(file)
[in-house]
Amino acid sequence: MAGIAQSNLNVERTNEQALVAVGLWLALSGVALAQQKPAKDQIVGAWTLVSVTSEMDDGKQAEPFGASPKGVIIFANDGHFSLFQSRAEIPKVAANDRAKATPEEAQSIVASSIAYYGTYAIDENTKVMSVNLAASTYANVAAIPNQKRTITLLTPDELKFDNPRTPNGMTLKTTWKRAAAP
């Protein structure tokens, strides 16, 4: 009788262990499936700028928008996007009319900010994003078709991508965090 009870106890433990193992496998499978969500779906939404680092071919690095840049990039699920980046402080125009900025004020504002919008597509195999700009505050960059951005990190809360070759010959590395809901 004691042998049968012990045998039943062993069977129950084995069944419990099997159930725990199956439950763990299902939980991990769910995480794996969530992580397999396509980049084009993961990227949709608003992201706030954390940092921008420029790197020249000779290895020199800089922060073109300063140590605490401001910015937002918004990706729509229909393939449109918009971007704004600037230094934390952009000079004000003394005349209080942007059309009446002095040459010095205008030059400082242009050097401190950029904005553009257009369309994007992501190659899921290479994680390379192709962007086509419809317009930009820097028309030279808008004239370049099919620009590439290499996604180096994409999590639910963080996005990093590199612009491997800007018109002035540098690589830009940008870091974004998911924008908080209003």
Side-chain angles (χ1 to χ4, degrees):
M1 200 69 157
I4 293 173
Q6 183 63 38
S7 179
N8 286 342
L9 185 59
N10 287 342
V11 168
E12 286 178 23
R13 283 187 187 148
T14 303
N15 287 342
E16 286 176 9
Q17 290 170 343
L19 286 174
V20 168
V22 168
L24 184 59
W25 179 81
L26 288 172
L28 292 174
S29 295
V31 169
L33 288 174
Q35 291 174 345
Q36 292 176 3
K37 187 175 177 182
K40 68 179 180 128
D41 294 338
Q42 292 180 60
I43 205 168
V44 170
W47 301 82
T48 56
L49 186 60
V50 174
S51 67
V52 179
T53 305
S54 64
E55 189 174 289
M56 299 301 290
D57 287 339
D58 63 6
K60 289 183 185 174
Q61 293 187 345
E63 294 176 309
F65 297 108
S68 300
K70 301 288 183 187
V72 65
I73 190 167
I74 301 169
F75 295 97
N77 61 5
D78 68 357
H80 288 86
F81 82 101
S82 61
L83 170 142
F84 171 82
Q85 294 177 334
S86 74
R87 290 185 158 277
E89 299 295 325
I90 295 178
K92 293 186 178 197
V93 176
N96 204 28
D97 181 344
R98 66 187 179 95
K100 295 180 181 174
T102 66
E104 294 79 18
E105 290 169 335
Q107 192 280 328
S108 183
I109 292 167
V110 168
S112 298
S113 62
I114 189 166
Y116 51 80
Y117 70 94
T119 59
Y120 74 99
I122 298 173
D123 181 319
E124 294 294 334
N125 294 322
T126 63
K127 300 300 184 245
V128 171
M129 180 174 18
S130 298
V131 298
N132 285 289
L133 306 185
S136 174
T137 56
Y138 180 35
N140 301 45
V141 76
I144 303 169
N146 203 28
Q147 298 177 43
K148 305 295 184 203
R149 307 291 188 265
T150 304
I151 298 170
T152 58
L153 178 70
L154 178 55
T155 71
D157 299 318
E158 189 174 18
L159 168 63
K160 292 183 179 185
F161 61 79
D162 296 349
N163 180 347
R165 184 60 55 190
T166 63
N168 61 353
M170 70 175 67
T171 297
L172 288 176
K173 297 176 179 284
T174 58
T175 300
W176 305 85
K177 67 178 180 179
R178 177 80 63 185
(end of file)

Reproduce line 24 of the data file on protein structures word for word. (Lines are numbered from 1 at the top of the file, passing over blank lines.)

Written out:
L26 288 172